Dr James Matera: The other thing I would say is, and we didn't talk a lot about it today, but protocols. You have to have a protocol. I'm a big fan of algorithms and protocols, and we learned during COVID that was a very useful tool for us in order to get away from some of the things that we knew at the start of COVID to what we know now. I think you have to have a real good protocol in place of how you're going to do your peritoneal dialysis, and you have to have the buy-in from the administration at your facility, the nursing for sure, the dialysis unit and everybody, and even resources and materials management, to make sure that you have the supplies necessary to do this. I'm a big fan of developing protocols, and there are some out there. A friend of mine actually down in South Florida was among the first groups to look at this. I follow a lot from what they've taught us. So I think that's very important.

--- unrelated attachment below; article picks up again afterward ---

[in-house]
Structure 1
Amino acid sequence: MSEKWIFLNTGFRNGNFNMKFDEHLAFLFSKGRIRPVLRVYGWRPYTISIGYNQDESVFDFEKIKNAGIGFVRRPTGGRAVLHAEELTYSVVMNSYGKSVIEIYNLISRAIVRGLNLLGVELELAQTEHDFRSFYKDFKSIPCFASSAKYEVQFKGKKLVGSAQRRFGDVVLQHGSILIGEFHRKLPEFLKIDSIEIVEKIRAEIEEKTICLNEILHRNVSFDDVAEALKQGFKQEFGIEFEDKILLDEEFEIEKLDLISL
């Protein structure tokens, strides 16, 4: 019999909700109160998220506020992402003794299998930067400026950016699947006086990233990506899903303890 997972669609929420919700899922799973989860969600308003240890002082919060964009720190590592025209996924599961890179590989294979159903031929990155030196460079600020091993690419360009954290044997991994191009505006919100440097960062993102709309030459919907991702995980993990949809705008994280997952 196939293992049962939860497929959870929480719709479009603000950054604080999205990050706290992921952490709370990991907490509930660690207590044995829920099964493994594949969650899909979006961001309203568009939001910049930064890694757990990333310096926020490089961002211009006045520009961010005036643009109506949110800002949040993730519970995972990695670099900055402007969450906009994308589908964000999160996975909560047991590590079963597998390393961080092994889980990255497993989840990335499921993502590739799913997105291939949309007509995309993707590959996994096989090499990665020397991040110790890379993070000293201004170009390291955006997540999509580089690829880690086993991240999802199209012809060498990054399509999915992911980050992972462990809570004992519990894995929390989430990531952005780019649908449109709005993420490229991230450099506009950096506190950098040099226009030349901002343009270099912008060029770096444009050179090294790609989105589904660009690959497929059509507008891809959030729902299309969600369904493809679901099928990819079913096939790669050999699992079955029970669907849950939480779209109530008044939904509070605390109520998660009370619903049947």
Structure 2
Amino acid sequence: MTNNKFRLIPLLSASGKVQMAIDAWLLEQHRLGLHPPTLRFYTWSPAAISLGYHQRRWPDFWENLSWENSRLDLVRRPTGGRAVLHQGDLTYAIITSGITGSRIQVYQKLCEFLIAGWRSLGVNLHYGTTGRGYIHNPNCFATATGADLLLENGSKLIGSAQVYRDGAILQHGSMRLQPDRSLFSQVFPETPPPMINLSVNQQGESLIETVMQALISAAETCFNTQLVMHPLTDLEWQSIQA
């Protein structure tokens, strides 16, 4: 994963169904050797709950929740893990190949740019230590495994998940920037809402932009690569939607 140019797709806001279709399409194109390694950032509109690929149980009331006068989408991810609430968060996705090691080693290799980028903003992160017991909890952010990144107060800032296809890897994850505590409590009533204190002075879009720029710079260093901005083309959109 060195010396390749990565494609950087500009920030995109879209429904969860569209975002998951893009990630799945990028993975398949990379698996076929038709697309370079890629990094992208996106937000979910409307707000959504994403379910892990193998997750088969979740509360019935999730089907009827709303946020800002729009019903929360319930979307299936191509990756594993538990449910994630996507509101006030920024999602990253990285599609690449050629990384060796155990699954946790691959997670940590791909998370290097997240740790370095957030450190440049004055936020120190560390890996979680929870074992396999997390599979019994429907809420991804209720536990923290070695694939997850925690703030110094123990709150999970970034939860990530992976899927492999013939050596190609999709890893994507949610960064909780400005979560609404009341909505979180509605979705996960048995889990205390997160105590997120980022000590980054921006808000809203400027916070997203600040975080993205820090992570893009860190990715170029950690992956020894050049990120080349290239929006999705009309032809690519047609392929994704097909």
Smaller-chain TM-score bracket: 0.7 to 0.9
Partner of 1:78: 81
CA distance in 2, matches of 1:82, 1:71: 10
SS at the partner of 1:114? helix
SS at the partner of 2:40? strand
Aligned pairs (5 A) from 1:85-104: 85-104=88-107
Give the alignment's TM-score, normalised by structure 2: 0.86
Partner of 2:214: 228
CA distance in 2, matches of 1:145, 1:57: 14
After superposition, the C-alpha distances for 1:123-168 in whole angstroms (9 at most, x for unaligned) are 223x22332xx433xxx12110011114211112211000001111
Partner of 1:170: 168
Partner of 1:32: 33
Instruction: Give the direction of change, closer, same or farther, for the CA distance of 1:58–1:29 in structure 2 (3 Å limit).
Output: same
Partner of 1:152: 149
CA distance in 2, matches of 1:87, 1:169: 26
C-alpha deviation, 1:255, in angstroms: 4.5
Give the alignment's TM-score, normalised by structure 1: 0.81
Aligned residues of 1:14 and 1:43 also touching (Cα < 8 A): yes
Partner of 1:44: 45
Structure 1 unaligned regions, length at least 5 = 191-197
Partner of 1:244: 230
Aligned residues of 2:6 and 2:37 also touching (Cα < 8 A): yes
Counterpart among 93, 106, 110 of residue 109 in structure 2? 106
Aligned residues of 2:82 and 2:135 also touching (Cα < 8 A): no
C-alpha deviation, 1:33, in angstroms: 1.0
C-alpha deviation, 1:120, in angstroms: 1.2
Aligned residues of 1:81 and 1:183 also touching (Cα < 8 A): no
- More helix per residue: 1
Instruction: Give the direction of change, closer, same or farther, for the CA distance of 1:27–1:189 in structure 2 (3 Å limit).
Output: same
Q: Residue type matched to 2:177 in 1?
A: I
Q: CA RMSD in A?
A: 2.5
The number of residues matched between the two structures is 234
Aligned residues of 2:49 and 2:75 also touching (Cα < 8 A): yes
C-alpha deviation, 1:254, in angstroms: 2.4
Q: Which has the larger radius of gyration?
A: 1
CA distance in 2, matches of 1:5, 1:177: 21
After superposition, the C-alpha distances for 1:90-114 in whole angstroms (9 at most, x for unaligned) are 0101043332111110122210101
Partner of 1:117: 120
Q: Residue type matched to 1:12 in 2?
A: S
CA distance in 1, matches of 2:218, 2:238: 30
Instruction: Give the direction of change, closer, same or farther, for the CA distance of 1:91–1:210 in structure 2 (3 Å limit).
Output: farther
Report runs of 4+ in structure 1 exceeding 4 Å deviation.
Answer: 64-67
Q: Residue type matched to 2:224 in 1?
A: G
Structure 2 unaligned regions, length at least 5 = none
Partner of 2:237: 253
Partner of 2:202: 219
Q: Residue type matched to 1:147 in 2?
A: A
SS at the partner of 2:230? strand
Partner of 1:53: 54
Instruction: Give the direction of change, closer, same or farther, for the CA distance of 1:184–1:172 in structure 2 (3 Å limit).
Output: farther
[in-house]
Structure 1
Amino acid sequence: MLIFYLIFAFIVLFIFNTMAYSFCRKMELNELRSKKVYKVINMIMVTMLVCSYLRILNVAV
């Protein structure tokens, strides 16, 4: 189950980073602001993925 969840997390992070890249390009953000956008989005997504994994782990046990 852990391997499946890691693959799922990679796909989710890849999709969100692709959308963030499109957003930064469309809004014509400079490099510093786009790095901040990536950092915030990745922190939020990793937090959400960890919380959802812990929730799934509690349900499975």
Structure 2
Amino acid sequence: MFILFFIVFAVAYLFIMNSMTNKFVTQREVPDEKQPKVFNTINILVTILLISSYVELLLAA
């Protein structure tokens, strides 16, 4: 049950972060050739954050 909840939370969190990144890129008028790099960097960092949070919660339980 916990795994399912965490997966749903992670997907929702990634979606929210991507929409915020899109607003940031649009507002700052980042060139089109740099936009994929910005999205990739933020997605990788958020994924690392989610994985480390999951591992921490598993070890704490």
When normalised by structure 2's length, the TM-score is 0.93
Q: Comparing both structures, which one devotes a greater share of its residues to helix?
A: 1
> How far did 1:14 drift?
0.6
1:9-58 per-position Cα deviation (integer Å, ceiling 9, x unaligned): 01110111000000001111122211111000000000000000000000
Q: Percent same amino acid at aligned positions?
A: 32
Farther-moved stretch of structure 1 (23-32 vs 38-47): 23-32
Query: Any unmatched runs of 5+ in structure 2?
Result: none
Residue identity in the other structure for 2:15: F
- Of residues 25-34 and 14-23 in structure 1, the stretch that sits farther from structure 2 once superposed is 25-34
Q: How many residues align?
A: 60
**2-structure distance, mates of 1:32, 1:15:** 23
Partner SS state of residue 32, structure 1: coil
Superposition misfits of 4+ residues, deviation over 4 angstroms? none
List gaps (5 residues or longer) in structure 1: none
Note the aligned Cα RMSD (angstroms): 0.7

Jessica Bard: Well, thank you so much for your time today, Dr Matera. We really appreciate it.

Dr James Matera: Thank you. Have a good afternoon!